Crab: the power of waiting (and carrying time from one year to the next). When tasted, this energy is sour, when touched it is prickly, when contemplated it is not chosen, yet it retains the ability to accept frost and shed that masking sourness for the most intense fruitiness of all. (It takes concentration. The old name of the fruit, Krabb, with an r scraped out of the throat, is the very sound of the throat closing up with the dryness of acid.) One must be willing to wait for a crab’s crabbiness to be carried away by the bacteria of the earth and the air, and then … well! In the end, each year, crabapples may be rejected by people, but are devoured by the birds of February and March. Not one is left for the spring sun.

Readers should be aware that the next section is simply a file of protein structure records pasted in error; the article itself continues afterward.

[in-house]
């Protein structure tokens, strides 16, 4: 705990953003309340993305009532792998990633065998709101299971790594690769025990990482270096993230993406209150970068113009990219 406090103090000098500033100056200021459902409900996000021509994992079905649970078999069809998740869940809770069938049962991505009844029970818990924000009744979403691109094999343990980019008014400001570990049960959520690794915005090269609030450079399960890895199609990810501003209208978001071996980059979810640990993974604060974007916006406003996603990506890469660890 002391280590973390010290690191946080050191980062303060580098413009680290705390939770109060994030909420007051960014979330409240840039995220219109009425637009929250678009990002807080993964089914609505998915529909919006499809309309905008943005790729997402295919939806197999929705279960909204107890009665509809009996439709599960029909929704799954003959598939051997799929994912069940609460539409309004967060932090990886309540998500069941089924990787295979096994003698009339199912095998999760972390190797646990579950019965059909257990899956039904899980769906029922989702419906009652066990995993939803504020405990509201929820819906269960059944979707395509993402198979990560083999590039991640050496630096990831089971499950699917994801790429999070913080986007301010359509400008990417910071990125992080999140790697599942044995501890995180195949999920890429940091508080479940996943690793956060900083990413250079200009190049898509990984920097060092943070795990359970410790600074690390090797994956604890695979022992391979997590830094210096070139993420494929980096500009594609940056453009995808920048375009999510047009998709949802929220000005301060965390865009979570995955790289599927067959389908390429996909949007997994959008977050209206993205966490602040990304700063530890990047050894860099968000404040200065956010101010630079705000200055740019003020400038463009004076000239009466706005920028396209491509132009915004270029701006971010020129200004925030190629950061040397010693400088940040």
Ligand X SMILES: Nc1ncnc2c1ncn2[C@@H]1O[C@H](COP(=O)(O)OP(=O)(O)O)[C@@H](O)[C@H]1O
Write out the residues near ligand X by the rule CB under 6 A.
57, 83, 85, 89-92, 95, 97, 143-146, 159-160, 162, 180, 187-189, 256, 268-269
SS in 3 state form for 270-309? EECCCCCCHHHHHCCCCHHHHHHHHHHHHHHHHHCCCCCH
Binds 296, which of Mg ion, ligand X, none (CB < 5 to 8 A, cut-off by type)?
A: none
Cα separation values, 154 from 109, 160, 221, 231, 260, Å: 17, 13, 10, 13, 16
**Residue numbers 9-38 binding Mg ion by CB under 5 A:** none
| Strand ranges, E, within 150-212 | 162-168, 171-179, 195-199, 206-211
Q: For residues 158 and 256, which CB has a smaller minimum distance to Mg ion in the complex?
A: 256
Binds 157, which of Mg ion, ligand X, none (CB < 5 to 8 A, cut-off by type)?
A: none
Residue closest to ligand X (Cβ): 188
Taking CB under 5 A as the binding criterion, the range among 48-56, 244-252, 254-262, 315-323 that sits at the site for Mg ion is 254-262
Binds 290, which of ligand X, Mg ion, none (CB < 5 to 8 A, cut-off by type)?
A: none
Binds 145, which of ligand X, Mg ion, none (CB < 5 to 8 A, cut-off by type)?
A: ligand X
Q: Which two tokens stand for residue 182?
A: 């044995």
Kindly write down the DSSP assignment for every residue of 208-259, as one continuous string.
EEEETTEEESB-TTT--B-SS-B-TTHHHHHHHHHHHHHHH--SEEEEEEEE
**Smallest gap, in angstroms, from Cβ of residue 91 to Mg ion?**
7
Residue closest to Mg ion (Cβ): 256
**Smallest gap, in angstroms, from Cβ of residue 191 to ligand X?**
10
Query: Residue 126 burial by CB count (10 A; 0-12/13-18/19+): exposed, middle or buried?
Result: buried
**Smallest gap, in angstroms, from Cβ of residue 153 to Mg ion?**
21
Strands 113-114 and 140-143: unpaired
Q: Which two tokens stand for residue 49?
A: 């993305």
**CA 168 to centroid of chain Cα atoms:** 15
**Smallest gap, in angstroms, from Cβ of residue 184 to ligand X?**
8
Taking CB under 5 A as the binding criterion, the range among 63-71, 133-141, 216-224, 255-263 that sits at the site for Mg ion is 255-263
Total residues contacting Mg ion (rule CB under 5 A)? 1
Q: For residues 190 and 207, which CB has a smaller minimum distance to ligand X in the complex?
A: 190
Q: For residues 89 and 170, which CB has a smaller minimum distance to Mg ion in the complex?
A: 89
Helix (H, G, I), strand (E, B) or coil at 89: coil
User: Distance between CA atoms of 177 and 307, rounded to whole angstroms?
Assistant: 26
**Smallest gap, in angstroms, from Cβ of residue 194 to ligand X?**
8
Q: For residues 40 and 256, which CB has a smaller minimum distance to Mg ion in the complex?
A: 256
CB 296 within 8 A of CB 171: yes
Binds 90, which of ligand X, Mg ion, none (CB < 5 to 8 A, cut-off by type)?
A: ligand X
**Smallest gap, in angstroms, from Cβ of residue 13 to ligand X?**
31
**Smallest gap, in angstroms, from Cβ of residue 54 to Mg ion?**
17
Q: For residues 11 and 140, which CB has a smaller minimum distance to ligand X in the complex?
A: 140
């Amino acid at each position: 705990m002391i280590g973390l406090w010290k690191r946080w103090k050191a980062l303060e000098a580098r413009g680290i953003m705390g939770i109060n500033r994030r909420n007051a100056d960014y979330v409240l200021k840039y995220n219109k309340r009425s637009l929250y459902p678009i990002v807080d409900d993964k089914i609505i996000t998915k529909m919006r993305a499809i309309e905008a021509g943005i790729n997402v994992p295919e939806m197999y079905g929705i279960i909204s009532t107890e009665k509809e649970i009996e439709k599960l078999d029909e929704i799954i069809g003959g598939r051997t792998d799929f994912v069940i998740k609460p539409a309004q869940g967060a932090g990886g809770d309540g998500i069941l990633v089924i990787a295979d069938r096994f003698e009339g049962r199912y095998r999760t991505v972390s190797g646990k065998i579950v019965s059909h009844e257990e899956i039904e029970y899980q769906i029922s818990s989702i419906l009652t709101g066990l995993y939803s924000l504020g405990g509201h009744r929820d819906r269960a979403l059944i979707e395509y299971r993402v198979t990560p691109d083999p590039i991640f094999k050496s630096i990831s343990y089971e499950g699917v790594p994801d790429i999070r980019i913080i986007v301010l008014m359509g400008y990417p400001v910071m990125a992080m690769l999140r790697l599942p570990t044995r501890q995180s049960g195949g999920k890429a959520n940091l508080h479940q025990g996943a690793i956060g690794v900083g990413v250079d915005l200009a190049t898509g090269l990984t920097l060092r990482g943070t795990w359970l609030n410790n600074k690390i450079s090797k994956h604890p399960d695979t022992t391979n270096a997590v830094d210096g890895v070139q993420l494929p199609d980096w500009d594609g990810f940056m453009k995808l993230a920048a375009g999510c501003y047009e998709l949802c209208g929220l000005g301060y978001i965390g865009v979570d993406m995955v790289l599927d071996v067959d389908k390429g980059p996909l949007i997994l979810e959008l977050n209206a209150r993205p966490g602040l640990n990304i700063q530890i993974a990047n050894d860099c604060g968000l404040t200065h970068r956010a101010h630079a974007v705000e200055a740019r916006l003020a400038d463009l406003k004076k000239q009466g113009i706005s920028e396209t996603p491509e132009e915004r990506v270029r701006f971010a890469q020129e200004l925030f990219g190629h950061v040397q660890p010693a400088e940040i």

Crabapple Pollinizer, Vernon, British Columbia

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